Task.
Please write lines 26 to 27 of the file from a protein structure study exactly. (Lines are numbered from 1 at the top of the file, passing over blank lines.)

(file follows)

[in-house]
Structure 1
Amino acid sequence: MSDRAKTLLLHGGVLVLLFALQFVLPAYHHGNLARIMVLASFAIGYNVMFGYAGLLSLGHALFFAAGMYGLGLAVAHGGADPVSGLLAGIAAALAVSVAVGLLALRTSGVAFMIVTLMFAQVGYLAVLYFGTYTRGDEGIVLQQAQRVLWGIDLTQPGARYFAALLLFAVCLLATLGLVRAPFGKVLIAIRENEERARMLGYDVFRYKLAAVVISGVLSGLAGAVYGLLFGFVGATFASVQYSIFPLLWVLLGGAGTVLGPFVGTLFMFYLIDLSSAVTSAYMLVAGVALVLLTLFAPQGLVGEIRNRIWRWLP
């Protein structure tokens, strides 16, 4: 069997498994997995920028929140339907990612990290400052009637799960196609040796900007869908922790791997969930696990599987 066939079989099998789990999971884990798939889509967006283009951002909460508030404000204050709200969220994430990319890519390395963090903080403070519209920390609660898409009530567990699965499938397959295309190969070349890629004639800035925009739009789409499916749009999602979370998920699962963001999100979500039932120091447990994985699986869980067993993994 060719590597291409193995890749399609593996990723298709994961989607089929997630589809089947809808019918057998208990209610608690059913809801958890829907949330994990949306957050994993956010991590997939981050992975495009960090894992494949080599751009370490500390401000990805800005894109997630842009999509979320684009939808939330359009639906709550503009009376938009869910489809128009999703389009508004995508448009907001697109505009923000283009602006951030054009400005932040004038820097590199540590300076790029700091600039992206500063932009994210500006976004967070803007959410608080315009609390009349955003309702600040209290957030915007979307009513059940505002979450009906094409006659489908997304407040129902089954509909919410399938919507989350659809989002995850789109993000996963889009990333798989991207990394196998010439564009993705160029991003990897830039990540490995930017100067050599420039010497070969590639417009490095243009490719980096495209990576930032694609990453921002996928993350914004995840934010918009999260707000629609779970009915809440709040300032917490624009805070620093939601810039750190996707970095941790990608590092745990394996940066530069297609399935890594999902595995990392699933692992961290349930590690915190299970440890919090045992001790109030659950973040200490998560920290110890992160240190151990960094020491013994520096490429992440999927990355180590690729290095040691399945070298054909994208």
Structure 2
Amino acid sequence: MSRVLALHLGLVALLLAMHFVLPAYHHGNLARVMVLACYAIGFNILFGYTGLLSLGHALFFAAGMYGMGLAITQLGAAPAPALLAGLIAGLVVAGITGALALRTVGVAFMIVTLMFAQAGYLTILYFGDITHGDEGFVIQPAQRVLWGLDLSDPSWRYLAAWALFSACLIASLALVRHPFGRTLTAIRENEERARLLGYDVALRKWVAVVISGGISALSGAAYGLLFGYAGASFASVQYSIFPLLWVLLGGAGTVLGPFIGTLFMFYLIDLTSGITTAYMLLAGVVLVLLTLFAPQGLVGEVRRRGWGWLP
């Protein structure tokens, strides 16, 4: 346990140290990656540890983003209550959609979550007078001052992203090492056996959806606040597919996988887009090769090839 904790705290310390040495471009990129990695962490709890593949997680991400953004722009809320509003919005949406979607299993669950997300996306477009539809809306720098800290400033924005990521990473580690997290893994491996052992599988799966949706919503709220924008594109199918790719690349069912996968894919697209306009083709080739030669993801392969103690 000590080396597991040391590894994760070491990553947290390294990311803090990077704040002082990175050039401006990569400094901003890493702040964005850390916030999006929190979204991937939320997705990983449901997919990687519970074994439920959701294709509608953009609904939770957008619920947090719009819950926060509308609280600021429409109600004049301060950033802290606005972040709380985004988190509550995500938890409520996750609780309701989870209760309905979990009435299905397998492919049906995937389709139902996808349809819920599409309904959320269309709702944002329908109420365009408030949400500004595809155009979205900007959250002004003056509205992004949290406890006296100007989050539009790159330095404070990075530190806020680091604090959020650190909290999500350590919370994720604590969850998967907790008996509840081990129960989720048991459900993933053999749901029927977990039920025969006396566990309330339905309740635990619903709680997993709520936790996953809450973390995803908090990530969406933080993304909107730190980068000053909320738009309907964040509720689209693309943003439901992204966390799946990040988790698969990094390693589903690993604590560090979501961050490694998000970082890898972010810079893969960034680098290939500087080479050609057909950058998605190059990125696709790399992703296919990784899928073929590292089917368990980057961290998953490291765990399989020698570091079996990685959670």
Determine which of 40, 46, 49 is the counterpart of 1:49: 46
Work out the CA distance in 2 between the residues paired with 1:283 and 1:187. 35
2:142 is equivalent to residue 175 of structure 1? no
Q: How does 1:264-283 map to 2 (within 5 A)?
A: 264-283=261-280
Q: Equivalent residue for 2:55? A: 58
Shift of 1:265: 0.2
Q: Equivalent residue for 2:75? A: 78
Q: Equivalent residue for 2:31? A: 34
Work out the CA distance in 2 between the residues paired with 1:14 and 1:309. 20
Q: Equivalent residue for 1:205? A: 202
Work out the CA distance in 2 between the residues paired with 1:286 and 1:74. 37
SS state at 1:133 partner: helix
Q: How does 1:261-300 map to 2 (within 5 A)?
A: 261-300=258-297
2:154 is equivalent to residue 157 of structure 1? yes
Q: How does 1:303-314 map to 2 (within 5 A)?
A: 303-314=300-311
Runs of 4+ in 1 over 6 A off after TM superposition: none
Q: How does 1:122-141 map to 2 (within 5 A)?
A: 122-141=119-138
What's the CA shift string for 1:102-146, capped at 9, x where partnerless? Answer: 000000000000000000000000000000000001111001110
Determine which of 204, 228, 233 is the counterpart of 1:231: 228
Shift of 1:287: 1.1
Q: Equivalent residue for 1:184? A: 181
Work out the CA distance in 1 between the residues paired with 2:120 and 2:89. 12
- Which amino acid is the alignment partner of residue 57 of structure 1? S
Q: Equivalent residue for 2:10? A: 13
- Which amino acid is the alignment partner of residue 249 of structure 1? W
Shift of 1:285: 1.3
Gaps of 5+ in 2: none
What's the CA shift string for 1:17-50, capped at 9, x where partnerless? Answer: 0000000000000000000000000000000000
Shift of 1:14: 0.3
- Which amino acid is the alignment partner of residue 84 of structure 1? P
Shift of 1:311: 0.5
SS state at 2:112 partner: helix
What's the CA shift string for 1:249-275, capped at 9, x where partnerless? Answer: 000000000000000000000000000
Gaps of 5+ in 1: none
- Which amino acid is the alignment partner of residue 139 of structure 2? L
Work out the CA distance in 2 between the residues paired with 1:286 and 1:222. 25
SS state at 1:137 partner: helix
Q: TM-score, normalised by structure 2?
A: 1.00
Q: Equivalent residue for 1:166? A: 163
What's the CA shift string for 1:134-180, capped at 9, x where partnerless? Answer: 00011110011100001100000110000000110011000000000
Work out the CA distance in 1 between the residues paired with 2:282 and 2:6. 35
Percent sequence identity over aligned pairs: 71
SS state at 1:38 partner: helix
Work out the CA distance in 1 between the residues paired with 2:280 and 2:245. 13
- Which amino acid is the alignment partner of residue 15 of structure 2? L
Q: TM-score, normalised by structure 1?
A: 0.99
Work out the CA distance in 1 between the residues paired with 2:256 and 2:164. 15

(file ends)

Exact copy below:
Runs of 4+ in 1 over 6 A off after TM superposition: none
Q: How does 1:122-141 map to 2 (within 5 A)?